Update: On March 3, 2022, the FWC officially approved the limited recreational harvest of goliath grouper in state waters beginning in March 2023. Notably, the commission added Martin County waters to the no-harvest zone, set a slot limit of 24-36 inches, and will sell resident permits for $150 and non-resident permits for $500.
A proposal to allow the take of the goliath grouper is one step closer to final adoption after the Florida Fish and Wildlife Conservation Commission (FWC) unanimously approved a draft rule change on October 6 that would allow a limited, tightly regulated harvest of the species for the first time since 1990. The proposal, which is still subject to modification before final approval, would establish a three-month season from March 1 to May 31. Only 200 permits to catch and keep one goliath grouper would be issued via lottery, much in the way that prized hunting tags are doled out. Slot rules would allow only fish between 20 and 36 inches to be harvested.
Goliath grouper can grow to more than 800 pounds and 8 feet in length. The official Florida state-record goliath was a 680-pound fish caught near Fernandina Beach in 1961. The species’ large size and its habit of gathering in high numbers at predictable locations have long made the species susceptible to overfishing. Their numbers began dropping in the 1950s, and the decline accelerated in the 1980s due to fishing pressure and to the disappearance of mangrove habitats, which are particularly important for juvenile goliaths. In 1990, fisheries managers addressed the population crash by closing the harvest of goliath in both state and federal waters. Since then, anglers have been required to release any goliath they catch. Goliath grouper have also become popular with ecotourists, recreational divers, and dive charter businesses, due to their curiosity about and tolerance for humans. Some people from these groups have expressed concern over the impact of a grouper harvest on their recreation opportunities.
The Goliath Grouper Season Could Open as Soon as 2023
In its decision, the FWC cited observations of increasing numbers of goliath grouper by fisheries managers, researchers, and fishermen, as well as changes in how the fish is categorized by federal and international oversight groups. In 2006, NOAA Fisheries, the U.S. federal agency responsible for the stewardship of national marine resources, removed goliath from their Species of Special Concern list. In 2018, the International Union for the Conservation of Nature improved their rating of goliath from “critically endangered” to “vulnerable.”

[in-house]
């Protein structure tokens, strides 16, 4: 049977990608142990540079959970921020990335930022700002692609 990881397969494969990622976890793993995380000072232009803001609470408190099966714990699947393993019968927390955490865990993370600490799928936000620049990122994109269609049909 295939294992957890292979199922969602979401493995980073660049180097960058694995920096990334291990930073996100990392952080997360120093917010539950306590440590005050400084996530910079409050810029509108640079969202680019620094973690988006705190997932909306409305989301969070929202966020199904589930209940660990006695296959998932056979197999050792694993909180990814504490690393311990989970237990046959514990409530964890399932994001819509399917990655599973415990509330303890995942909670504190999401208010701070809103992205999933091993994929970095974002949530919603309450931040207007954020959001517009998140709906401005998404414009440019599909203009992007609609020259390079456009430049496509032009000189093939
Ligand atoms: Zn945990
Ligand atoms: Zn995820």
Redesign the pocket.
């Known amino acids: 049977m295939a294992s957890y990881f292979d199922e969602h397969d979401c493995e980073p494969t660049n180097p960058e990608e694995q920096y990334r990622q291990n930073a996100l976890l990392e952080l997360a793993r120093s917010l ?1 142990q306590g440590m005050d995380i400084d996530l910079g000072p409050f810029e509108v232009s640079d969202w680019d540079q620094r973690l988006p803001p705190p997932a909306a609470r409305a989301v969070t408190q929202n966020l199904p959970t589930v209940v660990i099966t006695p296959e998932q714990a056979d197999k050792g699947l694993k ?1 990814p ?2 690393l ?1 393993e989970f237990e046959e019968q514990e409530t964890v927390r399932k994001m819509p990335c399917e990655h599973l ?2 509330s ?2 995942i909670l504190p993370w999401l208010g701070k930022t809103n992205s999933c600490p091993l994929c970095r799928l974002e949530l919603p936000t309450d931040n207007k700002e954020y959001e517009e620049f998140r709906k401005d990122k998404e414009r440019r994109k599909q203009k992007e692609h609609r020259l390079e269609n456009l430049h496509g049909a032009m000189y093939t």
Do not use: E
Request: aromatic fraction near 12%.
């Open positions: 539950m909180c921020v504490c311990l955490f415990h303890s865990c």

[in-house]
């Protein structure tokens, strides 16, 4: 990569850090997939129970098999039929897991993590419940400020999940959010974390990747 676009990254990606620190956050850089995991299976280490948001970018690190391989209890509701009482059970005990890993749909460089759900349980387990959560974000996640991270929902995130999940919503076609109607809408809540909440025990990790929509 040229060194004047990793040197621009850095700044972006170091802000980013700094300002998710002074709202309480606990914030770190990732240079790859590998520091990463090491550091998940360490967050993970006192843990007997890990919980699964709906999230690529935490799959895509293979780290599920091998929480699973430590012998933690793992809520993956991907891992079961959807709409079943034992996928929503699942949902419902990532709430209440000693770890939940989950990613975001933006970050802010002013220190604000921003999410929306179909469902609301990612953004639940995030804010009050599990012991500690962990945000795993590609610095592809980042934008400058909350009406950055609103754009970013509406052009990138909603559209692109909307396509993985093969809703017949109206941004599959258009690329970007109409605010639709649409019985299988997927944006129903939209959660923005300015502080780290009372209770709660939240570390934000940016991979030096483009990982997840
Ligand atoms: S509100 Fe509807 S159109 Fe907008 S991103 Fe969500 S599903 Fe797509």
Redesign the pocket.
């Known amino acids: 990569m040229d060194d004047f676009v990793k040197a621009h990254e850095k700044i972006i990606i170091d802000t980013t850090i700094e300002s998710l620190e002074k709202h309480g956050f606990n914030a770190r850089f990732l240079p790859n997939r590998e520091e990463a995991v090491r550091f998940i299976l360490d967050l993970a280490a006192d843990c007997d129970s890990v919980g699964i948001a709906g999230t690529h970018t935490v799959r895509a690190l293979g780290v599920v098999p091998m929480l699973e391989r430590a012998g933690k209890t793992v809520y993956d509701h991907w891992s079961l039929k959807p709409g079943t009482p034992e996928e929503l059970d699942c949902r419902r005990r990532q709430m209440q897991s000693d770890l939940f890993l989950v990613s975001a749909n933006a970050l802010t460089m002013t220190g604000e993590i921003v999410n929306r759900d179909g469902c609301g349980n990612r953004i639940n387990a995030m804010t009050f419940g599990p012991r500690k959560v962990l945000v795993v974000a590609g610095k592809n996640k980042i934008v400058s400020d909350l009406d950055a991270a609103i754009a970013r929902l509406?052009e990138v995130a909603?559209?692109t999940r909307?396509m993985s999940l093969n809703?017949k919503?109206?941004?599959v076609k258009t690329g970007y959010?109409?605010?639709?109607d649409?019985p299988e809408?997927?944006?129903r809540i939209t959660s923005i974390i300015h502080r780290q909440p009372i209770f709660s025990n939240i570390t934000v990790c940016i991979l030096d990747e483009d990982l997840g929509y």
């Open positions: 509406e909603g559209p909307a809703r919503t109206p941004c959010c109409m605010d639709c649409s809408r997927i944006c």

FWC Chairman Rodney Barreto said the regulated harvest should help the agency gather better data on the fish: “I think we are going to learn a lot through the process while continuing to promote continued rebuilding of the population,” he said.
As currently proposed, the new rule calls for permits allowing the taking of a single fish by hook-and-line only to be awarded in a lottery drawing that would cost $10 to enter. Winners will then pay a $500 permit fee and must agree to submit harvest data on their catch to the state. Off-limit areas include Palm Beach County, the Atlantic Coast of the Keys, and Dry Tortugas National Park. According to the TCPalm, some commissioners expressed concerns during the public comment period of Wednesday’s meeting and asked for changes that will be considered at the next commission meeting in March 2022, such as adding Martin County waters to the no-harvest zone, reducing the permit fee, and adjusting the minimum harvest size to 22 or 24 inches. If the seven-member commission grants final approval in March 2022, the goliath grouper season could begin as soon as 2023.
“Conservation is not about closing a resource forever; it’s about closing it as a management measure and giving access back when we can,” said FWC Commissioner Robert Spottswood. “I believe we are at this point, and it is a small and productive step in the right direction.”